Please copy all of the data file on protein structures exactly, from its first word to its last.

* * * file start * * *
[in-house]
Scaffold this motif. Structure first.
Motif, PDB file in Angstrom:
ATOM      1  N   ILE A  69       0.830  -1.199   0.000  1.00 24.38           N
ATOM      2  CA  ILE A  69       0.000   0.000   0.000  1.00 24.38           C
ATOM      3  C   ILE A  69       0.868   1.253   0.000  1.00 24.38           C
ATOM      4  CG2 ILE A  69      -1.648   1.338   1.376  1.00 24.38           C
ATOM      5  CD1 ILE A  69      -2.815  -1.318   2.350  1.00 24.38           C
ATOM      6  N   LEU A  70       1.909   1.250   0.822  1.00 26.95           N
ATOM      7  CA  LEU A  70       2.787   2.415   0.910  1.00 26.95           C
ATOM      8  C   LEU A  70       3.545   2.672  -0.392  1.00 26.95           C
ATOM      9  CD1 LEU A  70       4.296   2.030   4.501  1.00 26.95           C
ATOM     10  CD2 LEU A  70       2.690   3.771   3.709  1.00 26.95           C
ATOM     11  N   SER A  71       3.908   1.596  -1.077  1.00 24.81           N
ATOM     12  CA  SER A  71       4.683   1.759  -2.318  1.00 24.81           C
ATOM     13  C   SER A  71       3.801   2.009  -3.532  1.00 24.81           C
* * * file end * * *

[in-house]
Scaffold this motif. Structure first.
Motif, PDB file in Angstrom:
ATOM      1  N   ILE A  69       0.830  -1.199   0.000  1.00 24.38           N
ATOM      2  CA  ILE A  69       0.000   0.000   0.000  1.00 24.38           C
ATOM      3  C   ILE A  69       0.868   1.253   0.000  1.00 24.38           C
ATOM      4  CG2 ILE A  69      -1.648   1.338   1.376  1.00 24.38           C
ATOM      5  CD1 ILE A  69      -2.815  -1.318   2.350  1.00 24.38           C
ATOM      6  N   LEU A  70       1.909   1.250   0.822  1.00 26.95           N
ATOM      7  CA  LEU A  70       2.787   2.415   0.910  1.00 26.95           C
ATOM      8  C   LEU A  70       3.545   2.672  -0.392  1.00 26.95           C
ATOM      9  CD1 LEU A  70       4.296   2.030   4.501  1.00 26.95           C
ATOM     10  CD2 LEU A  70       2.690   3.771   3.709  1.00 26.95           C
ATOM     11  N   SER A  71       3.908   1.596  -1.077  1.00 24.81           N
ATOM     12  CA  SER A  71       4.683   1.759  -2.318  1.00 24.81           C
ATOM     13  C   SER A  71       3.801   2.009  -3.532  1.00 24.81           C